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Point of Sale (POS) Explained and Why you need it in 2022

A Point of Sale is simply where you attend to customers. Customers are at the point of sale when they check out online, walk up to your checkout counter, or select an item from your stand or booth.

Your POS system is the hardware and software that allows your company to make those sales.

A POS system, in general, assists you in improving your operations for your customers. This includes shorter wait times, faster scanning of items, faster payments, and so on. Customers will receive better service and return to your store for their next purchase as a result of these operational improvements.

When you go to the supermarket and the cashier scans your items, the number of items in your cart, the price, and finally, the receipt. The software on the computer that they use for scanning is known as a Point of Sale System.

How does a POS system work in a small business?

A POS system enables your business to accept payments from customers and track sales. It appears straightforward, but the setup can vary depending on whether you sell online, have a physical storefront, or both.

The cash register at a store can also be referred to as a point-of-sale system. However, Modern POS systems are entirely digital, so you can check out a customer from anywhere. All you need is a POS app and a device that can connect to the internet, such as a PC, tablet, or phone.

You might be wondering: So, what exactly does a POS system do?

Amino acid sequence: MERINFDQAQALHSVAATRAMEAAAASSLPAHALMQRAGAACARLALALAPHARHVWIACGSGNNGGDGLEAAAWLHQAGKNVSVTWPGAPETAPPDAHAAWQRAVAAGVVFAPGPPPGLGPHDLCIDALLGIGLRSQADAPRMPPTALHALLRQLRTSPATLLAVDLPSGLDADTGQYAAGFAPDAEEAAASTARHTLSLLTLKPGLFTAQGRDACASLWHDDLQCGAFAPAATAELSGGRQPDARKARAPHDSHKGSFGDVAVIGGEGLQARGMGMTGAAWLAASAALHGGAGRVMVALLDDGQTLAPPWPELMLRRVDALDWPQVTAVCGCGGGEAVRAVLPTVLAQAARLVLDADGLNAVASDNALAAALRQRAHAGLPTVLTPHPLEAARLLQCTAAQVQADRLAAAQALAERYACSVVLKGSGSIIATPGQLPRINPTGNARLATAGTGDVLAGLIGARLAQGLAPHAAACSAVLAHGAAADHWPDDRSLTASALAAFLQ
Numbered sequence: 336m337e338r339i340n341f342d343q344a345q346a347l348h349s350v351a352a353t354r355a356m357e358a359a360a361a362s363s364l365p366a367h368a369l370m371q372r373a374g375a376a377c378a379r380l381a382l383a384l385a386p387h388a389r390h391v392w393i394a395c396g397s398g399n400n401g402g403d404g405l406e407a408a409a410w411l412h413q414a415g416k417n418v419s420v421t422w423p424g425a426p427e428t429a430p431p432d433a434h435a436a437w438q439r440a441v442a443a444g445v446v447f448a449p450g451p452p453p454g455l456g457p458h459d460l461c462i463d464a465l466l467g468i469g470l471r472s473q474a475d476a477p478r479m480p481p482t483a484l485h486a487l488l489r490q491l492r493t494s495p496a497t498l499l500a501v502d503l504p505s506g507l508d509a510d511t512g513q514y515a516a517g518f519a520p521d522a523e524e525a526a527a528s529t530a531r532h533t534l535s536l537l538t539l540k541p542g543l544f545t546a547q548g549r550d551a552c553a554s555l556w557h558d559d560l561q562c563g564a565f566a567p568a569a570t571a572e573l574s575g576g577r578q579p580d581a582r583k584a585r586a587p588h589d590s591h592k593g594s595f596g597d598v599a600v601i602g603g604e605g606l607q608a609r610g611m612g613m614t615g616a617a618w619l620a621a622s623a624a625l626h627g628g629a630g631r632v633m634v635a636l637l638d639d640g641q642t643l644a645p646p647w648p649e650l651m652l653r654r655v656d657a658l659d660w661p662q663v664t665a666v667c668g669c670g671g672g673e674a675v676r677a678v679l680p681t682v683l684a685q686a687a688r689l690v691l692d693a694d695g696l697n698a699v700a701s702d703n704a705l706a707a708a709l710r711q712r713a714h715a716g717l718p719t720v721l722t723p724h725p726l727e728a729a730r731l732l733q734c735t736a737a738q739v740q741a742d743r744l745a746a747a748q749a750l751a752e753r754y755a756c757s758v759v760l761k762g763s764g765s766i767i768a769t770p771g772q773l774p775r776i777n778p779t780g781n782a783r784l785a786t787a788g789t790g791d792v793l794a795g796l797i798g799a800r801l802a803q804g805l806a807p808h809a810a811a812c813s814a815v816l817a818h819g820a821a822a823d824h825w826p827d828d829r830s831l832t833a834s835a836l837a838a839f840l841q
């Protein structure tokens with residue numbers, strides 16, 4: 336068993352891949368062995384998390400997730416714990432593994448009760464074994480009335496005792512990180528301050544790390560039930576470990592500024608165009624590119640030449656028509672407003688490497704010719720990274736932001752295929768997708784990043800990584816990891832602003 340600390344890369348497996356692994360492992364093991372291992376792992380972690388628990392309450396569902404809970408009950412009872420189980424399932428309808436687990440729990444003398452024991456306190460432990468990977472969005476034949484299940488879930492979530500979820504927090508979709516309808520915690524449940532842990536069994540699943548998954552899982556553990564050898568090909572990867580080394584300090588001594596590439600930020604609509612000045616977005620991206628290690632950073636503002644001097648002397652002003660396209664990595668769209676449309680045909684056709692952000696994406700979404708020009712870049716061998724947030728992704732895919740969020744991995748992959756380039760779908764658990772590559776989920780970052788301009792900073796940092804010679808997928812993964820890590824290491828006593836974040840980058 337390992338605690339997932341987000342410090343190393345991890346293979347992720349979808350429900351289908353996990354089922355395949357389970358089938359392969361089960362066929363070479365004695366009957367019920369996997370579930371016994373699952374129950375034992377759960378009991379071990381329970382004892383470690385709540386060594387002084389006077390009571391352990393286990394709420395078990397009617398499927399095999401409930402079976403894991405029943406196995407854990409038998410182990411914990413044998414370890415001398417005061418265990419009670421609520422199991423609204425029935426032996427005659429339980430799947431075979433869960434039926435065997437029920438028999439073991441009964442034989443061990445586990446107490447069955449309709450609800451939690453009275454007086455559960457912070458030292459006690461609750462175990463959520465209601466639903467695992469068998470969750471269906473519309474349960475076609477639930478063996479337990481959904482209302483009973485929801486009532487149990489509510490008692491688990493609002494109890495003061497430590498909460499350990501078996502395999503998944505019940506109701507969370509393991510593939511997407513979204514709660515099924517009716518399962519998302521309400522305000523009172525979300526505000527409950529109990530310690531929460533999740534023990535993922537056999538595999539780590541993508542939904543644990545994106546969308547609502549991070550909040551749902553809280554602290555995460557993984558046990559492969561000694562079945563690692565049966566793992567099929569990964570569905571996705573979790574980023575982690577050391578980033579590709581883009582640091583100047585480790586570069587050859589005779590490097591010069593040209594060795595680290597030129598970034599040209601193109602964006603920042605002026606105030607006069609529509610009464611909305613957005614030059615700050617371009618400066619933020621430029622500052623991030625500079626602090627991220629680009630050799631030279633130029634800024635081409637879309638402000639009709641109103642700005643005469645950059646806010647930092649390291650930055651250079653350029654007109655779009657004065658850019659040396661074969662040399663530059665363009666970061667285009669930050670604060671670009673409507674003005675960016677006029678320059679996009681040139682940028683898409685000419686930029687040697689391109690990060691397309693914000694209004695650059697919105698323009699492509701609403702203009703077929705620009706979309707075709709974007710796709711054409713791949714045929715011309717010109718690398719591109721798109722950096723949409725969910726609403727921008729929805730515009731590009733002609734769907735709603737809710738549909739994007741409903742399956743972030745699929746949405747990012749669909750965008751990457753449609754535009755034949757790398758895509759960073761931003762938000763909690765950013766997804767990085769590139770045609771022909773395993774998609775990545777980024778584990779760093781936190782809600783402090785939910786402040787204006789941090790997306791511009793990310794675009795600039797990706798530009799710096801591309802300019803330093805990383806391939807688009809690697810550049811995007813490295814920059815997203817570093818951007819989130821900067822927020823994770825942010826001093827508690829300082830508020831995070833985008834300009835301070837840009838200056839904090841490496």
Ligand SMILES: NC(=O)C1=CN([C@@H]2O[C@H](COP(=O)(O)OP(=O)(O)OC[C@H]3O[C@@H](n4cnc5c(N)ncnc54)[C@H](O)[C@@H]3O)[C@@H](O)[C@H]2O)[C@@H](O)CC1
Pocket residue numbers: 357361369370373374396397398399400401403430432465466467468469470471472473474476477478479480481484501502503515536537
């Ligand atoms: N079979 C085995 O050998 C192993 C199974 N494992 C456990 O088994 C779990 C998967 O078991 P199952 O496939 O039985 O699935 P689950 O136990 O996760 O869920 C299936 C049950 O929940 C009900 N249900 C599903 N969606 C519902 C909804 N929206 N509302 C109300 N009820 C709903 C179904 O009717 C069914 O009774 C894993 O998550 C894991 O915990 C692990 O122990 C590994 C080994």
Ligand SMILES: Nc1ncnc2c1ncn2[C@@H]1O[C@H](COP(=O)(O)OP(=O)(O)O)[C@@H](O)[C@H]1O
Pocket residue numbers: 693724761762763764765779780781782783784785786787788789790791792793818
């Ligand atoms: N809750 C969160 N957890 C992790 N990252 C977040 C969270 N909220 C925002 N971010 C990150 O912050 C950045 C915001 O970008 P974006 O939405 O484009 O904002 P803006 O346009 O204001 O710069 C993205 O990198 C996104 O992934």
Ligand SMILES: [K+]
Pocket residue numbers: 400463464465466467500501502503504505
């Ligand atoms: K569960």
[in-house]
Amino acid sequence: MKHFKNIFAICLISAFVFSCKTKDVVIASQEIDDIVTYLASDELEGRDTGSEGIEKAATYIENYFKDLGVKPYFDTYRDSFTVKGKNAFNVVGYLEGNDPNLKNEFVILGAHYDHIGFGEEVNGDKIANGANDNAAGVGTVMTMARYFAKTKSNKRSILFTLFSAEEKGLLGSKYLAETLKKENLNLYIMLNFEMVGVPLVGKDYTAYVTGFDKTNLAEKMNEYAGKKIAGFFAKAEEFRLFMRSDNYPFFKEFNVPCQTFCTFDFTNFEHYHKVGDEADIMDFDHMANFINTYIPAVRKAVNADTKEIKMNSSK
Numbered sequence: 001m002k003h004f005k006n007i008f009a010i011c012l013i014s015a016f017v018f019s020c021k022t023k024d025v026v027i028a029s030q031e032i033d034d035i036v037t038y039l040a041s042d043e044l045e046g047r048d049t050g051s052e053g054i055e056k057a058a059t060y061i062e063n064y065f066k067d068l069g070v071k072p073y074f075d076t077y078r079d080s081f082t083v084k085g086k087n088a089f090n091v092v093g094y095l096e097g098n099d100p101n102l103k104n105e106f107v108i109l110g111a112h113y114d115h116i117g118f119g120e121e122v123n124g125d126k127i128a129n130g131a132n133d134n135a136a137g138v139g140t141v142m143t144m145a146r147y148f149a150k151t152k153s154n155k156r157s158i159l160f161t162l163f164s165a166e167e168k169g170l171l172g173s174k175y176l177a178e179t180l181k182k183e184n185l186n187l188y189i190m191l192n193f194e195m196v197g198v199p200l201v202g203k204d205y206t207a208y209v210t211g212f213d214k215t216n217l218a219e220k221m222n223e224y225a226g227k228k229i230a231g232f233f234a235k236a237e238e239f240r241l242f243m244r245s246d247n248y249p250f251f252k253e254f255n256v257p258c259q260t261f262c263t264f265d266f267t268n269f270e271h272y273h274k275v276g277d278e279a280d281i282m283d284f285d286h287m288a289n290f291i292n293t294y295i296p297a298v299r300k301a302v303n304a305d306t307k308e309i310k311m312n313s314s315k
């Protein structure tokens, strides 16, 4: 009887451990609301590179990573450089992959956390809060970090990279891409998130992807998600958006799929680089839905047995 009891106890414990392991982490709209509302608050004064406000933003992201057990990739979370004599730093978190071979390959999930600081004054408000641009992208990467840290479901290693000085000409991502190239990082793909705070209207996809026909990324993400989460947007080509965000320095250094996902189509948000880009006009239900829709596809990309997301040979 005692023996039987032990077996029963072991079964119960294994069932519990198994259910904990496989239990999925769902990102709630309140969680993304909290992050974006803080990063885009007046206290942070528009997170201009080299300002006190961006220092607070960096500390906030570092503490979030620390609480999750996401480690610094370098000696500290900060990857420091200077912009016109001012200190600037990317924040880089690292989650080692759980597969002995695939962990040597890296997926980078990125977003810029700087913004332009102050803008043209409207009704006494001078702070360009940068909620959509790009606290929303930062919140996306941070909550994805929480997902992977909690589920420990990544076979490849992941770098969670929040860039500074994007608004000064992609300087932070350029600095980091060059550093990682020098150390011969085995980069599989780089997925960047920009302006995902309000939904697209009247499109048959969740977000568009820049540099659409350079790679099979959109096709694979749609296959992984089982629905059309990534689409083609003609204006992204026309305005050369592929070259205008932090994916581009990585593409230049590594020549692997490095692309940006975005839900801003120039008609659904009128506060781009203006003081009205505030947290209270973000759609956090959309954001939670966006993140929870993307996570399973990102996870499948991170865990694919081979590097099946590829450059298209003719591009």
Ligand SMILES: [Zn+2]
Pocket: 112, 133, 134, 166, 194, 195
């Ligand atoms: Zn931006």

Typically, it goes like this:

  1. A customer chooses to purchase your product or service. If you have a physical store, they will request that a cashier assist them. The Cashier could look up the item’s price using a bar code scanner.
    Some POS systems also allow you to visually scan items with your device’s camera. This step occurs when a customer completes adding items to their cart and clicks the checkout button, only on an online store.
  2. Your POS system computes the item’s price, including any applicable sales tax. The system then updates the inventory count to reflect that the item has been sold.
  3. Your client pays.
  4. To complete their purchase, your customer will need to use their credit card, debit card, Scan-to-pay app, loyalty points, gift card, or cash. Your customer’s bank must then authorize the transaction, depending on the type of payment they select.
  5. The point-of-sale transaction has been completed. This is the point at which you make an official sale. The payment is accepted, a digital or printed receipt is generated, and you ship or hand the items to your customer.

Your Next Question is Probably: A POS system includes which types of hardware and software?

POS software is used by all POS systems, but not all businesses require POS hardware.

If you have an online store, all of your sales will take place on your website, so you won’t need POS hardware to accept payments.

However, if you have a physical store, you may require a register as well as a credit/debit card reader (which is what people usually call the POS Machine). If you own a food truck, a phone or tablet may suffice to process orders, followed by a card reader to accept payment (in the case of a card transaction)

Here’s a rundown of common POS hardware and software to help you calculate the total cost of your POS system. Keep in mind that what you require is specific to your business.

Common Types of POS Hardware
You can accept payments using POS hardware. When purchasing a new POS system, ensure that it accepts all forms of payment, including cash, credit cards, debit cards (particularly chip cards), and mobile payments. If it makes sense for your company, your POS system should also be capable of printing receipts, storing cash in cash drawers, and scanning bar codes.

List of Hardware